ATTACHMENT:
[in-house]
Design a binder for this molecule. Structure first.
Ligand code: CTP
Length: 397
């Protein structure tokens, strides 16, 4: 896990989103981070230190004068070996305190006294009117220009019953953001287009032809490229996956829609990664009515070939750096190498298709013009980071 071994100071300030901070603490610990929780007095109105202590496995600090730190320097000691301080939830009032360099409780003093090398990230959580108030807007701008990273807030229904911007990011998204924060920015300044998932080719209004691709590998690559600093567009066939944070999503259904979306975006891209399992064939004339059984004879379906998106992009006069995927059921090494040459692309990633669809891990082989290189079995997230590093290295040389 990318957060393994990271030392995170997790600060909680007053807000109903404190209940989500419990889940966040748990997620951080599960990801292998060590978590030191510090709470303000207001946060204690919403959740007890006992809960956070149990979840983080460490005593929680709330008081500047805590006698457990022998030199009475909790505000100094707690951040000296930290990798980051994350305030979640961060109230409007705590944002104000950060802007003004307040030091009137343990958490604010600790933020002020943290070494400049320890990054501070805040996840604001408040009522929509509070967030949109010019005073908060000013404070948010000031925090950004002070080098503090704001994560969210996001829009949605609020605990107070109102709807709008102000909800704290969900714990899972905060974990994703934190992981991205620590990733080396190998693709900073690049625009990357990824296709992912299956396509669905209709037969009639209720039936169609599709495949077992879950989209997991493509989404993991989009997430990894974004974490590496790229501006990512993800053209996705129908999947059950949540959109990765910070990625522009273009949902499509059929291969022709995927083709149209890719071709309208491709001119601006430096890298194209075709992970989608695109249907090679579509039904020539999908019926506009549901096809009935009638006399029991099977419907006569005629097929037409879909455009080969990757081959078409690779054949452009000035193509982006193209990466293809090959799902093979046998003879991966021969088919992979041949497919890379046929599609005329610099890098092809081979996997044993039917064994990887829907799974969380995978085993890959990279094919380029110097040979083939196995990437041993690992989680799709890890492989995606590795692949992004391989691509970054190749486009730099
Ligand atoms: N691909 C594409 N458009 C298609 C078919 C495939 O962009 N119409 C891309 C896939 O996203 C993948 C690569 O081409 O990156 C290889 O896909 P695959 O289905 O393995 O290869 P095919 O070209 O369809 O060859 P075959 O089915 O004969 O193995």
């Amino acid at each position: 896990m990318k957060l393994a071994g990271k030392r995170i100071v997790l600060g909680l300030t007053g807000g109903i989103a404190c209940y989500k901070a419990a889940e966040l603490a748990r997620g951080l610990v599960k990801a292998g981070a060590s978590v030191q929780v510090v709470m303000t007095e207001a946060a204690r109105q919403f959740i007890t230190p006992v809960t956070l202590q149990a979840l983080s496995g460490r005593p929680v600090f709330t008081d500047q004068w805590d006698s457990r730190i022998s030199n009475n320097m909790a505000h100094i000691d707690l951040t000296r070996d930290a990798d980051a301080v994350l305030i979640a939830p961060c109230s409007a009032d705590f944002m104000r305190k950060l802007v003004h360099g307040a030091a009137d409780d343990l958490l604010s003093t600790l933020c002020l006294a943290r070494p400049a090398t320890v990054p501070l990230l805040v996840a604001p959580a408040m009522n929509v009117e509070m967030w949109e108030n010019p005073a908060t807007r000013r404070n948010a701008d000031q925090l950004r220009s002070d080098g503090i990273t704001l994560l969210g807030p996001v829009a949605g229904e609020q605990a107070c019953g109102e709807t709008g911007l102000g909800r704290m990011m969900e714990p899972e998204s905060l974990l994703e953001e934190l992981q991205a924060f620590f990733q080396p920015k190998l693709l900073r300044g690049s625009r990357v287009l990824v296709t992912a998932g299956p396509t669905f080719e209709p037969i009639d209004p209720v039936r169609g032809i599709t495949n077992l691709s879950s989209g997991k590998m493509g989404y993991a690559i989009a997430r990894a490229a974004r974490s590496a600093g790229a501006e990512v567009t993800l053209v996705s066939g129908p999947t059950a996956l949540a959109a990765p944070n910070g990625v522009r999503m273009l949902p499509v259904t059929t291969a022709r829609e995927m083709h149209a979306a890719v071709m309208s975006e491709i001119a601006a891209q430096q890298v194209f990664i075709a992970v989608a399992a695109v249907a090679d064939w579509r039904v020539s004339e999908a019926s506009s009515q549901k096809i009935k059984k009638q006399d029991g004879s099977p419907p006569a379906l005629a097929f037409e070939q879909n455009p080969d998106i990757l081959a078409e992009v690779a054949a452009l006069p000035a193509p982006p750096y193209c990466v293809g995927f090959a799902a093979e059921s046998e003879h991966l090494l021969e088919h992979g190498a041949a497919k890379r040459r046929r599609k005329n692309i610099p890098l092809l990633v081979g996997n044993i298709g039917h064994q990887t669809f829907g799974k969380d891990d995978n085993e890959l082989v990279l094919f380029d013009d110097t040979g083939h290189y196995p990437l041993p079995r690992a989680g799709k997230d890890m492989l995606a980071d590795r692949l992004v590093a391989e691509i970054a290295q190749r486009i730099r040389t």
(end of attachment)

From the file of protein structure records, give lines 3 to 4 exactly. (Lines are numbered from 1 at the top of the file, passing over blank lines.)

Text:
Ligand code: CTP
Length: 397